Further objects are to provide a construction of maximum simplicity, efficiency, economy and ease of assembly and operation, and such further objects, advantages and capabilities as will later more fully appear and are inherently possessed thereby.
FIG. 1 is a side elevational view of a portion of the silent timing drive chain of the present invention.
FIG. 2 is a top plan view of the chain of FIG. 1.
FIG. 3 is a side elevational view of a link of the chain.
FIGS. 4, 5, and 6 are side elevational views in sequence of the chain links engaging the sprocket teeth with the front guide links being omitted.
Referring more particularly to the disclosure in the drawings wherein is shown an illustrative preferred embodiment of the present invention, FIGS. 1 and 2 disclose a silent timing drive chain 10 of constant pitch utilized to drive the cam shaft in an automotive vehicle engine, wherein the chain consists of blocks 11 of inside closely stacked links 12 (FIG. 3) alternating with pairs of flanking outside guide links 13 of conventional design joined by round pivot pins 14 or other suitable pivot means. Each guide link 13, as seen in FIG. 1, does not have a toothed configuration as it is utilized to prevent lateral motion of the chain relative to the sprocket (see FIGS. 4, 5 and 6), but is provided with spaced apertures 15,15' receiving the pivot pins 14,14'; which pins either have a press fit within the apertures 15 or 15' or project through the apertures to be headed at 16 at each end retaining the link together.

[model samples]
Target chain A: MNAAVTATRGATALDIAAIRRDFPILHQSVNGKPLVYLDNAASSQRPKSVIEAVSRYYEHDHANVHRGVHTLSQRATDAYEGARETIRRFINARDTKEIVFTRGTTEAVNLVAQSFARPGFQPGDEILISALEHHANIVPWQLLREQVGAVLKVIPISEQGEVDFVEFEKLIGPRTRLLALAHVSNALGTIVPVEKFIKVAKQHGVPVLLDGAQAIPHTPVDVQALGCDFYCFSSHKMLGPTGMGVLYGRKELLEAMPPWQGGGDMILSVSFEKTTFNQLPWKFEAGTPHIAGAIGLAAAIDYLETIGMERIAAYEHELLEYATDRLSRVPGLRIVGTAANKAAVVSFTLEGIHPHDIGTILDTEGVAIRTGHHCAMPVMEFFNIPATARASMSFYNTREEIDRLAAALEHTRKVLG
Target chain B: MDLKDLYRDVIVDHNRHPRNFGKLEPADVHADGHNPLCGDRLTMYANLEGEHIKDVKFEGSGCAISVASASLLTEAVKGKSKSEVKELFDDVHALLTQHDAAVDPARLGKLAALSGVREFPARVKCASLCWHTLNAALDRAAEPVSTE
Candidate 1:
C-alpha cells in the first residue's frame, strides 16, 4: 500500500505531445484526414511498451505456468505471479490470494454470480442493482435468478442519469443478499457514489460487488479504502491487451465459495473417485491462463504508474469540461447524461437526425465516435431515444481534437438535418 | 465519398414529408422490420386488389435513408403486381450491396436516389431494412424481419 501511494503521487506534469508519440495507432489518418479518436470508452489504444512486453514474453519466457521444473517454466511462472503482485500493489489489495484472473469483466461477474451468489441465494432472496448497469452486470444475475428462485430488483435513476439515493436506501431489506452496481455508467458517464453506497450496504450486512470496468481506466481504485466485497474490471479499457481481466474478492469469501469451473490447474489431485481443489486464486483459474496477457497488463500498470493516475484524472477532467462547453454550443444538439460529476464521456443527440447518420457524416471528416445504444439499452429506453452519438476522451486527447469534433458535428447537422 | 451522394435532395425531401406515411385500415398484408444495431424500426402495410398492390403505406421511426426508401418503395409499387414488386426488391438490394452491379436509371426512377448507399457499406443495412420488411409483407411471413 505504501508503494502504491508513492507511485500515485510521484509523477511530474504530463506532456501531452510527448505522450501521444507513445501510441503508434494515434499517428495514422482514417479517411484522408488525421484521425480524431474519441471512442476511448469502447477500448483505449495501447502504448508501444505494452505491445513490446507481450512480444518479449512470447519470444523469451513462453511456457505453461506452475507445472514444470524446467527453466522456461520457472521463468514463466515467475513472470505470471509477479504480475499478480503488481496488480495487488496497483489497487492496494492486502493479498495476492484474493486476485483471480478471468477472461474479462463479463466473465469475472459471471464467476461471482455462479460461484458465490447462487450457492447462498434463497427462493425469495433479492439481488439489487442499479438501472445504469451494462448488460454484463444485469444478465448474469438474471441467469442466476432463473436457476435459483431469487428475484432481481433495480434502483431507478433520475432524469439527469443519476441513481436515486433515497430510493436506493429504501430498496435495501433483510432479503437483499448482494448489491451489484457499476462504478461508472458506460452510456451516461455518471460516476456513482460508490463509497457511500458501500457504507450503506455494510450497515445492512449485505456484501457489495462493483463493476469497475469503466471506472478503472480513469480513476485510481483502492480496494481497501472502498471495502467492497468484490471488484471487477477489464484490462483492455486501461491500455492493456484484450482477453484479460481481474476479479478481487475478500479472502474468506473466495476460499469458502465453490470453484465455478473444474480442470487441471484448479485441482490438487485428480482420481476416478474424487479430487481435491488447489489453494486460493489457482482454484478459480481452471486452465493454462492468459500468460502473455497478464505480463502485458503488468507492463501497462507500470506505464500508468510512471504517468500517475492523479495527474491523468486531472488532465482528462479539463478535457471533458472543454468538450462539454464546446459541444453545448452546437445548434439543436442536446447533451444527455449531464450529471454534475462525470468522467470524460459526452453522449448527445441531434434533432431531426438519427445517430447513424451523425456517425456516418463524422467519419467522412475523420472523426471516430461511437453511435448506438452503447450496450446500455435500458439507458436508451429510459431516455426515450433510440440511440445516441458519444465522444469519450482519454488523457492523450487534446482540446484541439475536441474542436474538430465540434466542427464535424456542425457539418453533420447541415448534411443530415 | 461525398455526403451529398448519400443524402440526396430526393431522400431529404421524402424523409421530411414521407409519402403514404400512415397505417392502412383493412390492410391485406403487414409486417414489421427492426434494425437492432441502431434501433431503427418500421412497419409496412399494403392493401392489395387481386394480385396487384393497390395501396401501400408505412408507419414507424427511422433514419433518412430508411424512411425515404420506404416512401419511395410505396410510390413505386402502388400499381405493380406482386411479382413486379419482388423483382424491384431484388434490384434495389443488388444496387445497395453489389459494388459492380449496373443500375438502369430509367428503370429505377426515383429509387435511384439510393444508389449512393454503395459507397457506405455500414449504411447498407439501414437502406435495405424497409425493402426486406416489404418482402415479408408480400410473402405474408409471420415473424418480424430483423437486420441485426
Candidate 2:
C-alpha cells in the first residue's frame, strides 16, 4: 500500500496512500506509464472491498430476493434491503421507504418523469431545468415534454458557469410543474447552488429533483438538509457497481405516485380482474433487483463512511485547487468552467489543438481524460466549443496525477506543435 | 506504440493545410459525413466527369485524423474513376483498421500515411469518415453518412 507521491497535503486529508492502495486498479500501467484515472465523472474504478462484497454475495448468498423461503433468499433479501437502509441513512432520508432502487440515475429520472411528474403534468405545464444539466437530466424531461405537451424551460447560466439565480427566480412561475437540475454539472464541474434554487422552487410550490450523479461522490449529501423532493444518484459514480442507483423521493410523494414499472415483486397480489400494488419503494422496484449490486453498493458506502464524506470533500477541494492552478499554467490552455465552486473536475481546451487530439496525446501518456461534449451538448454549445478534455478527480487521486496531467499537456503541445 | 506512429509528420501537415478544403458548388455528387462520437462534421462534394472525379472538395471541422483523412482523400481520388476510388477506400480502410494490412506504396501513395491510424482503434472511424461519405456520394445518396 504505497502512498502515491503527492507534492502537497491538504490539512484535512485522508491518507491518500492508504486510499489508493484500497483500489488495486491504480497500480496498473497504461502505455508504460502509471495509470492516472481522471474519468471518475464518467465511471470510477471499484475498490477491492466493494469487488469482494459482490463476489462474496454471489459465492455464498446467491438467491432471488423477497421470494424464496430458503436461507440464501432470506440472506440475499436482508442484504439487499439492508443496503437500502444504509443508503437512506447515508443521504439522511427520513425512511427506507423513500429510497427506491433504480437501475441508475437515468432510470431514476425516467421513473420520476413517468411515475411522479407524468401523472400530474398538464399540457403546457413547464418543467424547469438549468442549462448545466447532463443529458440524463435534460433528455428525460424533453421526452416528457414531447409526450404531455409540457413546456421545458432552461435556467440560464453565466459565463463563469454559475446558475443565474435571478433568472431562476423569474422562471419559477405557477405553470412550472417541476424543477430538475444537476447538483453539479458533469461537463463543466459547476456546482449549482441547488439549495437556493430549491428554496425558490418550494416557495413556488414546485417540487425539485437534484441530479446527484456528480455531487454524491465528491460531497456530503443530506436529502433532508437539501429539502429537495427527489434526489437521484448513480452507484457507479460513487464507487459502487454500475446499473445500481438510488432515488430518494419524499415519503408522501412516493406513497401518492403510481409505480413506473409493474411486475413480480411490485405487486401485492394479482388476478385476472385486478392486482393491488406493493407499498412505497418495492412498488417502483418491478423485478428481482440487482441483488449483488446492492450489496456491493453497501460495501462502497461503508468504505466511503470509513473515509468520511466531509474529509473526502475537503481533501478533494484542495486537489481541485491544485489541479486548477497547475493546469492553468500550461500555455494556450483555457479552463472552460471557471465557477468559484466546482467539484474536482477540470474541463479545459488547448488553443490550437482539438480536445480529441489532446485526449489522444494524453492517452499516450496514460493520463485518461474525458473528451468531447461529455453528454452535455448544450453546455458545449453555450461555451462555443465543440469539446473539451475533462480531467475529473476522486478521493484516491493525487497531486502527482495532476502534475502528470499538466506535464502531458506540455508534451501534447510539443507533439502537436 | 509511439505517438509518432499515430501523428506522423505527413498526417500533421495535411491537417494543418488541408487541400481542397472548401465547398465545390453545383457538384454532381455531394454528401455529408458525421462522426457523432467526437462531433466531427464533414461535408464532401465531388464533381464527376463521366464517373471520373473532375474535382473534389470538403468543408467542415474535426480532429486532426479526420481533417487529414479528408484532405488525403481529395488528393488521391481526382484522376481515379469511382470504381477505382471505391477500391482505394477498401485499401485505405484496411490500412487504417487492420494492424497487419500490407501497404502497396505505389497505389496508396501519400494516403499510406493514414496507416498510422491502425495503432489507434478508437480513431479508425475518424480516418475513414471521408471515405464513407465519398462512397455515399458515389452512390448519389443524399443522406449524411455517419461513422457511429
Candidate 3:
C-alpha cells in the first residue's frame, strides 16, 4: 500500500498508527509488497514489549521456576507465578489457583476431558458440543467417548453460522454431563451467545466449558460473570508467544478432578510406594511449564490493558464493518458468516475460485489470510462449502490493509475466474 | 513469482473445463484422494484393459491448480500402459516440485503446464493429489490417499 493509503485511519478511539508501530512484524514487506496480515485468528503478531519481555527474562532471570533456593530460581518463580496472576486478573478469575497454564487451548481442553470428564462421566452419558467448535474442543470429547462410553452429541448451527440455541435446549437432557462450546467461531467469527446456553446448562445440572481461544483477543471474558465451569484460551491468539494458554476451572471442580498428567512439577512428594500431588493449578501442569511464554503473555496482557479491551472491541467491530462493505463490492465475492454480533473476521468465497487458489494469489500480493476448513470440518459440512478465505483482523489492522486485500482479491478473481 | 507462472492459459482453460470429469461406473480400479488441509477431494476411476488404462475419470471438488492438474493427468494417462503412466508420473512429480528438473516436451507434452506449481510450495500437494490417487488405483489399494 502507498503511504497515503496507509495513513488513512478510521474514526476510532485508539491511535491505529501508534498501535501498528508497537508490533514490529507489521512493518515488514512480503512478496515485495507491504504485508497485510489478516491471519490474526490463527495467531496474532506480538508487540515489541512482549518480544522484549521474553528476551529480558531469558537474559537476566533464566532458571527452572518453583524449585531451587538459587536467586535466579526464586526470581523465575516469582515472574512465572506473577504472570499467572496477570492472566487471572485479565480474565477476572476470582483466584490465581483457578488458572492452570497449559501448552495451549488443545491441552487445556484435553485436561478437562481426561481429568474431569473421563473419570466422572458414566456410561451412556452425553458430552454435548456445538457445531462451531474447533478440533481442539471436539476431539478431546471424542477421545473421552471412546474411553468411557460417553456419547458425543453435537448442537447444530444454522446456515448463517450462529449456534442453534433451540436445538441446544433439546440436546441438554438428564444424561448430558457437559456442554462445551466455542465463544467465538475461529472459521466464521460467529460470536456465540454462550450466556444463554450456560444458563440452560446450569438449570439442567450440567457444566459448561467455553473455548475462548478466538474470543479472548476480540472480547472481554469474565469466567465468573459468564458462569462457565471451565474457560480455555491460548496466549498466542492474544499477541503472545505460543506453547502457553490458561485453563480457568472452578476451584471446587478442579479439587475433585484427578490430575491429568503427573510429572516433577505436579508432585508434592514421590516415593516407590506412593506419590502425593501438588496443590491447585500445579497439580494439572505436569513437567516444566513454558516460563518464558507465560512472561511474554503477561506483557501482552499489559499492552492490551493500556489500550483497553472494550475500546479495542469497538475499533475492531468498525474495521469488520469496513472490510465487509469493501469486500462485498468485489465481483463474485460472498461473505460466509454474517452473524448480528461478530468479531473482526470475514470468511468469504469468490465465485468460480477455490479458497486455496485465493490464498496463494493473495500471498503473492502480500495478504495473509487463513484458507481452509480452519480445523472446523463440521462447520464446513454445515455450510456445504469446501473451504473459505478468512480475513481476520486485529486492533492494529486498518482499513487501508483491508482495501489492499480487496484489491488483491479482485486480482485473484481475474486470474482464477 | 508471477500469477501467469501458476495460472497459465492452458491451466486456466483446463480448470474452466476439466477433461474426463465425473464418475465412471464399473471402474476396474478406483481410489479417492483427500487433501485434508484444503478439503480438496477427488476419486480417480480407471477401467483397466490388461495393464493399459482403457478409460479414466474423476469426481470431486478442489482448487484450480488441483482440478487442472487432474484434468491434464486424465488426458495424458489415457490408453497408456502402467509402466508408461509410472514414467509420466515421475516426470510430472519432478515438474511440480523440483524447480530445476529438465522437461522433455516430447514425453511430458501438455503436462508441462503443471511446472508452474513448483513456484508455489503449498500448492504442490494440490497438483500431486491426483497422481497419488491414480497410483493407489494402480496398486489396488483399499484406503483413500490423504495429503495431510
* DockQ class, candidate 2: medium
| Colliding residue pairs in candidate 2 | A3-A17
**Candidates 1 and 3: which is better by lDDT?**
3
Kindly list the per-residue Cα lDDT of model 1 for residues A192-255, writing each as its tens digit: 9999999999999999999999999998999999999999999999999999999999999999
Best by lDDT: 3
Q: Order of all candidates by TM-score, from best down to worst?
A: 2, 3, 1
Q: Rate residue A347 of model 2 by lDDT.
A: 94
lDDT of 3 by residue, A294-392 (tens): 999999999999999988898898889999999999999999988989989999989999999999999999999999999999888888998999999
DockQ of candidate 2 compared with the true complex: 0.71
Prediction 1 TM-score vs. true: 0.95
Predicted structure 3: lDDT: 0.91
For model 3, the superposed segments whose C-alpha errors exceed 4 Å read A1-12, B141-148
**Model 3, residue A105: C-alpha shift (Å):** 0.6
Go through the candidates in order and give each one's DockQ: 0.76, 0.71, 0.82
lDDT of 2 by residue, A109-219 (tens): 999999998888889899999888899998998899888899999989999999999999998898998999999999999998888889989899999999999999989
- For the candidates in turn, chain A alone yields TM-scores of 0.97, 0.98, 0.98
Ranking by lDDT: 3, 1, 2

Each inside link 12, as seen in FIG. 3, consists of an inverted toothed link including a link body 21 having a pair of spaced apertures 22,22' to receive the pivot pins 14 or 14' and a pair of teeth 23,23' depending from the link body; each tooth having a generally straight outside flank 24 or 24' and a curved inside flank 25 or 25' meeting at a rounded tip 26 or 26'. The inside flank 25 of tooth 23 is struck from a radius r having its center located outside of the confines of the link at R, and the inside flank 25' similarly is struck from a second radius (not shown). The inside flanks 25,25' meet in a rounded crotch 27 above a line through the centers of the apertures 22,22'. Although shown as substantially straight, the outside flanks 24,24' could also be curved generated by a radius having its center outside the link confines.